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Independent Senior School for ds

(24 Posts)
MadAriadne Sat 01-Mar-14 09:48:13

He's 10 and I need to start thinking about it. We're in London but might consider looking at boarding as well as day schools.

A bit about ds:
He's quirky
He's curious
He has an interesting pov on the world

But:
He lacks any competitive urge and isn't too of his class
He doesn't play a wind instrument at a high level (or at all)
He's only in the C team for rugby
He doesn't have a tuck box
He doesn't have tousled floppy hair

Even worse, his untousled hair is not blond

I have failed him, haven't I? Where can he go?

MadAriadne Sat 01-Mar-14 09:52:05

top

cakeisalwaystheanswer Sat 01-Mar-14 10:05:23

Not Harrow!

elastamum Sat 01-Mar-14 10:14:59

Bedford? Very broad ability range and also do mon-fri boarding if you dont want to do full time. Know quite a few families who send their boys there and they all seem very happy.

SoldeInvierno Sat 01-Mar-14 11:05:03

Leighton Park? They do weekly boarding and the direct train from Reading to Paddington only takes 35 minutes

Needmoresleep Sat 01-Mar-14 11:35:04

Feltham?

NigellasDealer Sat 01-Mar-14 11:37:07

mmm there are some lovely tuck boxes here
so fear not! all is not lost!

OwlCapone Sat 01-Mar-14 11:37:58

Is this another dull thread about a thread that's meant to be amusing?

NWgirls Sat 01-Mar-14 11:49:19

Owl: Yes, I actually thought the first parody thread was quite entertaining (although not in on most jokes), but I am also surprised by the need for this copycat thread when the first ones (the original and the first parody thread) have not yet reached their 1,000 post caps. The comedians should ideally combine their talents on one thread, but not sure MN has a "merge threads" function??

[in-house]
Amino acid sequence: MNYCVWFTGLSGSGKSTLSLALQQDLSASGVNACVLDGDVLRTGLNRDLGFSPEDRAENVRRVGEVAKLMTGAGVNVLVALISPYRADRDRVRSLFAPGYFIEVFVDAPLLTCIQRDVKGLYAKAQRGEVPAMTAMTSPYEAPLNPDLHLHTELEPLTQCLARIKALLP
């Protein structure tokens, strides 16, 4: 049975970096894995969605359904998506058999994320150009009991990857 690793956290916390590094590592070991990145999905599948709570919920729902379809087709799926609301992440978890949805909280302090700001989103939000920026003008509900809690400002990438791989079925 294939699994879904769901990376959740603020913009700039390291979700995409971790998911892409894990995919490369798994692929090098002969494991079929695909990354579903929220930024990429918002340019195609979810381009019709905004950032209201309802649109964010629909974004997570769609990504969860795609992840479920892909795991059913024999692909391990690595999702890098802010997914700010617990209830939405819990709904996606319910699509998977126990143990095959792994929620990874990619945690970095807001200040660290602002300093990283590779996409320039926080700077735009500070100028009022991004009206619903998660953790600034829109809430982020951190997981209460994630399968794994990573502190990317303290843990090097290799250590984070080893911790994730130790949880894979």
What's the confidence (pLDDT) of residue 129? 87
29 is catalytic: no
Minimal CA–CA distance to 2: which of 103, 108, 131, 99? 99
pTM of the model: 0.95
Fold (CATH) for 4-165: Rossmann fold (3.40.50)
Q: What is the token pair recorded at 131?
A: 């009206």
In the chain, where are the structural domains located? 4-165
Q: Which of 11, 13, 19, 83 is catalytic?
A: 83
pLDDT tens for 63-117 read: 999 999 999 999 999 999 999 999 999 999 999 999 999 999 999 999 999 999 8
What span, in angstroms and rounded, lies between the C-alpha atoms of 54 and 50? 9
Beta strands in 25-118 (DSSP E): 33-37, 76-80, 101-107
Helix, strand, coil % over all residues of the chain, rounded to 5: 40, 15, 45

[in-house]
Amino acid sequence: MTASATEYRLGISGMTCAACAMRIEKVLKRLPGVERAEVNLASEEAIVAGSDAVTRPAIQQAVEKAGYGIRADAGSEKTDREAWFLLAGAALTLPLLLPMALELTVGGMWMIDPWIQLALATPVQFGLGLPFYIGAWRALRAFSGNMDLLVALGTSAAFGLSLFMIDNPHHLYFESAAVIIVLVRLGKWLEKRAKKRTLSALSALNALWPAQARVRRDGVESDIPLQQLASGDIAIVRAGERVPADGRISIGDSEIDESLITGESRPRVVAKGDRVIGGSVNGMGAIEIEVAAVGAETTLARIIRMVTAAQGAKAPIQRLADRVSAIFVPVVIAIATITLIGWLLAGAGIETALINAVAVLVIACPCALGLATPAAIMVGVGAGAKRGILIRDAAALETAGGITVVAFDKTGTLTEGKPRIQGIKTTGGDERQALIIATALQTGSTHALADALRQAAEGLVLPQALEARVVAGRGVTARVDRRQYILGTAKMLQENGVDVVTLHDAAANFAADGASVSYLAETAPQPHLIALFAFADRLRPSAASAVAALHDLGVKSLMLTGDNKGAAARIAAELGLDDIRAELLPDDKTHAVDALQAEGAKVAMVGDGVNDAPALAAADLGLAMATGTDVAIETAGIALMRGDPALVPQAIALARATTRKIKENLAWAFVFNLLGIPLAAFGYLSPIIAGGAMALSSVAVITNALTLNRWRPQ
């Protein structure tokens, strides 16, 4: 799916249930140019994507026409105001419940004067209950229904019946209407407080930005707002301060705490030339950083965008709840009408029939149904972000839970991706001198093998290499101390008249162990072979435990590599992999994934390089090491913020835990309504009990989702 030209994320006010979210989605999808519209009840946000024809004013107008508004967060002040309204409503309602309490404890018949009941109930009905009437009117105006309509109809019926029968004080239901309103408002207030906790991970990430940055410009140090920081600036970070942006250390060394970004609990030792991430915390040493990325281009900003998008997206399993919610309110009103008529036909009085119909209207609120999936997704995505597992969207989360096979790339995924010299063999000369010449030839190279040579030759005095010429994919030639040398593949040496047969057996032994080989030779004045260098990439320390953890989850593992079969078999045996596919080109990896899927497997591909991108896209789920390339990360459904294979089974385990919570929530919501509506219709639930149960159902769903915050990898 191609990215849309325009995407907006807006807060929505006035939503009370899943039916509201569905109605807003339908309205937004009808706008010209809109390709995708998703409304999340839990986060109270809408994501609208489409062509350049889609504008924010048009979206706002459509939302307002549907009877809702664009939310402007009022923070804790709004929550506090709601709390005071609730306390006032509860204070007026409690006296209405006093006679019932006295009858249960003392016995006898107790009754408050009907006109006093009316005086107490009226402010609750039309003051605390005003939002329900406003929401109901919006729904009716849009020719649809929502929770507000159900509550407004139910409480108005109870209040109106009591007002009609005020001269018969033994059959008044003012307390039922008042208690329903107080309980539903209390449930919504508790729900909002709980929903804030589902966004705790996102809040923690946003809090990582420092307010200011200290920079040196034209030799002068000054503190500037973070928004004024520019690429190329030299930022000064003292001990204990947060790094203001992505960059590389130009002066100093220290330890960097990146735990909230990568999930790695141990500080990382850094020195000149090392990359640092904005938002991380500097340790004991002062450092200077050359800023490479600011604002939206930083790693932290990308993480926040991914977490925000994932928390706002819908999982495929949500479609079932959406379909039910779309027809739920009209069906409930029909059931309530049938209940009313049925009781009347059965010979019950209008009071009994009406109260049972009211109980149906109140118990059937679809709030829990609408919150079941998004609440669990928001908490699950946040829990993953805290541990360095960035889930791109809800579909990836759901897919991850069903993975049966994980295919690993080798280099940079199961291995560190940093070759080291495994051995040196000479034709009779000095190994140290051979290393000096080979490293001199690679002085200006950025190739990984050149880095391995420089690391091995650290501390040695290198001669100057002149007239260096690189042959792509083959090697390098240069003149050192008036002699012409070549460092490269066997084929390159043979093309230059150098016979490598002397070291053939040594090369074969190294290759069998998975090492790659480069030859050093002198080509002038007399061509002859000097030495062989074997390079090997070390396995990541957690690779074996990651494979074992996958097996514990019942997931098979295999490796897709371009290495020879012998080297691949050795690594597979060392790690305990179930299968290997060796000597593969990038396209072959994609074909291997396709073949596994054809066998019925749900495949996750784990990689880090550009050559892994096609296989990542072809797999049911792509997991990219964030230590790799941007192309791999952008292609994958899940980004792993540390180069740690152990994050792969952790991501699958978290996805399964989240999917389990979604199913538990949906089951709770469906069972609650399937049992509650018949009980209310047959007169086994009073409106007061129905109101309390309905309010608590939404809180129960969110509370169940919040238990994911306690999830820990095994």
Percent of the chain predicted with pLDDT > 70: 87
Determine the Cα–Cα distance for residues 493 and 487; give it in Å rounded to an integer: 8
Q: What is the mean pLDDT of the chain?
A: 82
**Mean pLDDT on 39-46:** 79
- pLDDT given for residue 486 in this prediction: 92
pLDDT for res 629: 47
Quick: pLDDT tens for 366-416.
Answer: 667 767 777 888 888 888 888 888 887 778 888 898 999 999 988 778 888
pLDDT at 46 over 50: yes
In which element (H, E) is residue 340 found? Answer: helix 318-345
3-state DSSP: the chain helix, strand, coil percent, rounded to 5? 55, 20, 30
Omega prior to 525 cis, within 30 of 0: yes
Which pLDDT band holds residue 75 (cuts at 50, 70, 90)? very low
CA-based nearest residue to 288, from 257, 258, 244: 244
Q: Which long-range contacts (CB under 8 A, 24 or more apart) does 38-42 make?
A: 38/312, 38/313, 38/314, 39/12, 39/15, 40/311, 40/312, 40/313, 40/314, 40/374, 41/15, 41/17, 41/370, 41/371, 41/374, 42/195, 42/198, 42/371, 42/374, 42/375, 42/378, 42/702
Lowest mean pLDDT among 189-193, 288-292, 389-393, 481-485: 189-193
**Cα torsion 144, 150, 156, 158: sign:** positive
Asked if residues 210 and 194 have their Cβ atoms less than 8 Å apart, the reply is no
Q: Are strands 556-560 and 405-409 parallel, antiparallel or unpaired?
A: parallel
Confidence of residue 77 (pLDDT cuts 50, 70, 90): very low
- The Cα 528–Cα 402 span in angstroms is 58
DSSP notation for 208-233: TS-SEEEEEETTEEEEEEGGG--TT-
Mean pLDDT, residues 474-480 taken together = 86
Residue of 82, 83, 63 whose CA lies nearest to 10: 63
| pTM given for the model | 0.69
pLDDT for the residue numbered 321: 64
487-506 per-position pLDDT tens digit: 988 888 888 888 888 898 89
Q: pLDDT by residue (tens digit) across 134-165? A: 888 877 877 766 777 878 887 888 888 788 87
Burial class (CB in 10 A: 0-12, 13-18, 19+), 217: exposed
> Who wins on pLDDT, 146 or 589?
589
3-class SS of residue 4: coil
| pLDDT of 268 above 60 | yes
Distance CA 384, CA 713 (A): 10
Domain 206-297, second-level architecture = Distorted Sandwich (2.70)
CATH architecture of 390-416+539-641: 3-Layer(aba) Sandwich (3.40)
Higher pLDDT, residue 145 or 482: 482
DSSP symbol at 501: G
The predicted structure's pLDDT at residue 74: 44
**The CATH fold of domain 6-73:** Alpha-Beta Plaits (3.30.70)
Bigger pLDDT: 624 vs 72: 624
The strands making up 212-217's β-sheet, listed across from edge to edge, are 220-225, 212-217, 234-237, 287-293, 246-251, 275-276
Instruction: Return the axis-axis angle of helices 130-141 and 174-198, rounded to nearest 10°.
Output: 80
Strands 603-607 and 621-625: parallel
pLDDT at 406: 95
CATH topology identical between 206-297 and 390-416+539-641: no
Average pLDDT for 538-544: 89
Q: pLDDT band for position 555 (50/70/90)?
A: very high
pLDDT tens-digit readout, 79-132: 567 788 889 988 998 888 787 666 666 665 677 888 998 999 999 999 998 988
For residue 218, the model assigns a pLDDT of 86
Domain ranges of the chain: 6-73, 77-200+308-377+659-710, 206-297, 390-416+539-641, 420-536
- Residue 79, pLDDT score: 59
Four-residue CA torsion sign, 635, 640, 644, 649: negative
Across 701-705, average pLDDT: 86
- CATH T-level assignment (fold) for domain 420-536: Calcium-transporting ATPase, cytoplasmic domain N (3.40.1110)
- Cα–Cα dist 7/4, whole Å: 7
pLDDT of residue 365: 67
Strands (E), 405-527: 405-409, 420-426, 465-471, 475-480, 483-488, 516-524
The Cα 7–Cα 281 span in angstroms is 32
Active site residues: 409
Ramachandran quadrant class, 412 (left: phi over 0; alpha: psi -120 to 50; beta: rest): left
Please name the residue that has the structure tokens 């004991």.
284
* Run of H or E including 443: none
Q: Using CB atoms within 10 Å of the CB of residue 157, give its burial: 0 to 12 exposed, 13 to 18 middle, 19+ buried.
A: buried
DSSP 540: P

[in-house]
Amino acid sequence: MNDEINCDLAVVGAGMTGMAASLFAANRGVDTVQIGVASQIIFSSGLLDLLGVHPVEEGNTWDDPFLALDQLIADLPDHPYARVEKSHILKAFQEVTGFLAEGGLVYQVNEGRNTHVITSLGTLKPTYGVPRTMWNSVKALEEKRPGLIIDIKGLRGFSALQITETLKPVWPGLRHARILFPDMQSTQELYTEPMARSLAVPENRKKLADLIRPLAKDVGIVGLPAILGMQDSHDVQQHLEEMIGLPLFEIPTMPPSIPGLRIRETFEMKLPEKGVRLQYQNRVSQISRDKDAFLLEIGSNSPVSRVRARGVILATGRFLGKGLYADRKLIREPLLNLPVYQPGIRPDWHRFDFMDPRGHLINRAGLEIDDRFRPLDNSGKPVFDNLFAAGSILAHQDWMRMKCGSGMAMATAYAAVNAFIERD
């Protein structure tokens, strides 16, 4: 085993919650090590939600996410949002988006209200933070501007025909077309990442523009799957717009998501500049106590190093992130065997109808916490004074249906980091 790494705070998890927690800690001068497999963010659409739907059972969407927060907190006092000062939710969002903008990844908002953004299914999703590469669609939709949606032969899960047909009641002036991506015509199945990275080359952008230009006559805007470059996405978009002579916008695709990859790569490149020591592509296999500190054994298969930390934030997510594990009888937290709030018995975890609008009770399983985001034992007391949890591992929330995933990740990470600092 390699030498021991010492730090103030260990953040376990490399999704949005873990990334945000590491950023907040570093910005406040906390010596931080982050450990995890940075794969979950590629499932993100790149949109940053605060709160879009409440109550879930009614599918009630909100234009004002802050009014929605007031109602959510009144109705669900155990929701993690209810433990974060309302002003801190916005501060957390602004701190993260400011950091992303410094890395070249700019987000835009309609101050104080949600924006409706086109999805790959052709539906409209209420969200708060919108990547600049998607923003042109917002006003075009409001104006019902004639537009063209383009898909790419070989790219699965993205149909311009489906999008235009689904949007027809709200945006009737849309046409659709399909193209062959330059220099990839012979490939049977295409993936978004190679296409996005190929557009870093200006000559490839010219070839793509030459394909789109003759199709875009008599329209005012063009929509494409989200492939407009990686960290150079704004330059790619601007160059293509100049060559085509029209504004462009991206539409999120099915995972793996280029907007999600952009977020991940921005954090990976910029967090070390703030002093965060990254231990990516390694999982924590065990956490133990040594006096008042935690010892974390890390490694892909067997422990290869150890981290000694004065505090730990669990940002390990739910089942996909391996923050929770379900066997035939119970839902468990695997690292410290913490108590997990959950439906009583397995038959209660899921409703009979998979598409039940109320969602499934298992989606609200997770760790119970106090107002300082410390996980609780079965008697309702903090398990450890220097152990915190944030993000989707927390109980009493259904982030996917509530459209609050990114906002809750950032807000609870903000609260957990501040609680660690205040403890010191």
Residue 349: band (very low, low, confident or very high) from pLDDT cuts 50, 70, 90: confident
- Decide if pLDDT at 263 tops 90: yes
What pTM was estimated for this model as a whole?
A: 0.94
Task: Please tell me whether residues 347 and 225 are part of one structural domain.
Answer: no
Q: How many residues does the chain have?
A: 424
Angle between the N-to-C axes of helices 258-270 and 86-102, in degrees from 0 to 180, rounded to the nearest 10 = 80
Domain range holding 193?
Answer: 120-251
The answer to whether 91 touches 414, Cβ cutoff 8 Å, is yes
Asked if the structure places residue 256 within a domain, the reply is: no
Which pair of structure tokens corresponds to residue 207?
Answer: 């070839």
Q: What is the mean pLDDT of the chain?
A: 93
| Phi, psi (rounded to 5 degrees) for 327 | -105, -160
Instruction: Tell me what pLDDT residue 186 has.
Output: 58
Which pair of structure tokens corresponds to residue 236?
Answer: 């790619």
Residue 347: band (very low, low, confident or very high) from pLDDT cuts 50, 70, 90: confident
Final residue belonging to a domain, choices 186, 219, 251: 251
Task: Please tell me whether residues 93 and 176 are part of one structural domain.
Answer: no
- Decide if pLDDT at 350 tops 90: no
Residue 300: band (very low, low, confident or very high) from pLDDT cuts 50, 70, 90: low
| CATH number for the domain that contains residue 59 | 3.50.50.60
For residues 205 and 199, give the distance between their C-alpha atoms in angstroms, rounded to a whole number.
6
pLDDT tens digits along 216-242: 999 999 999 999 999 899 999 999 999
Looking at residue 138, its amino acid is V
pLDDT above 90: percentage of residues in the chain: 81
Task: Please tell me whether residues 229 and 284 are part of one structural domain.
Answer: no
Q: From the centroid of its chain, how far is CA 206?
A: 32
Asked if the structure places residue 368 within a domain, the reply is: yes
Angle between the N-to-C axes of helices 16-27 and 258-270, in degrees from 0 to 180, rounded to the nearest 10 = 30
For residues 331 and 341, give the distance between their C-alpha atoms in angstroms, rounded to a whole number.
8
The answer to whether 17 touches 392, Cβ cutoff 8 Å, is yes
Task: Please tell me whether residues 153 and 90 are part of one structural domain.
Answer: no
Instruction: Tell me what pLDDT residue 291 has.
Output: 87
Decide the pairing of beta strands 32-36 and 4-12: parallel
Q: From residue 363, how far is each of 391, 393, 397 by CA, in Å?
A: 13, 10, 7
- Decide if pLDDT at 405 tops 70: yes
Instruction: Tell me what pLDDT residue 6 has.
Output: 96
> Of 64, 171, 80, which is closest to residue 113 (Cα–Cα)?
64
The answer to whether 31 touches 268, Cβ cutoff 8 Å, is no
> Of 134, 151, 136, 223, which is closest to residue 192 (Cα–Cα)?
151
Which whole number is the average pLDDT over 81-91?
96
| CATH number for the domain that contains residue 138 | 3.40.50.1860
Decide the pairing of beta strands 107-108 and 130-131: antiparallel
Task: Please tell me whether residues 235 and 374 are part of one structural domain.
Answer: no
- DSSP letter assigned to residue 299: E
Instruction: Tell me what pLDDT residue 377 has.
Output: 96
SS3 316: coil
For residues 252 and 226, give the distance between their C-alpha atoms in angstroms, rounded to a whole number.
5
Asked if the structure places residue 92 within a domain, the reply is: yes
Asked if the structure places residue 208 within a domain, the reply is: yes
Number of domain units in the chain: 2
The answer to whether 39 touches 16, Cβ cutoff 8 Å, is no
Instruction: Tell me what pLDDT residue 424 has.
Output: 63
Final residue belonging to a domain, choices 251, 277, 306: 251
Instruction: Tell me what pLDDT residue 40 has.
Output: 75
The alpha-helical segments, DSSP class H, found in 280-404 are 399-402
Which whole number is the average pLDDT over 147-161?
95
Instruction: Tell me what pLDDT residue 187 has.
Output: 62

<Now off to enjoy the week-end with the family, enough MN>

SpikeStoker Sat 01-Mar-14 12:32:17

Why? What's deal with everyone being negative about Harrow? Just curious...

WhiskyTangoFoxtrot Sat 01-Mar-14 12:37:09

Because Harrovians of a certain age are strange

Which is probably utterly irrelevant to what that school's like now.

OP: are you actually looking for advice?

MrsSteptoe Sat 01-Mar-14 13:44:13

I'm fairly sure the OP's genuine. I think she contributed to the fantastically insane "Westminster: greatest school on earth?" thread.

MrsSteptoe Sat 01-Mar-14 13:44:58

(her contributions were not insane. The thread was. A bit.)

michaelrB Sun 02-Mar-14 15:24:30

Try Ashford School, Kent; 35min from St Pancras. Good for all sorts.

MadAriadne Sun 02-Mar-14 21:46:08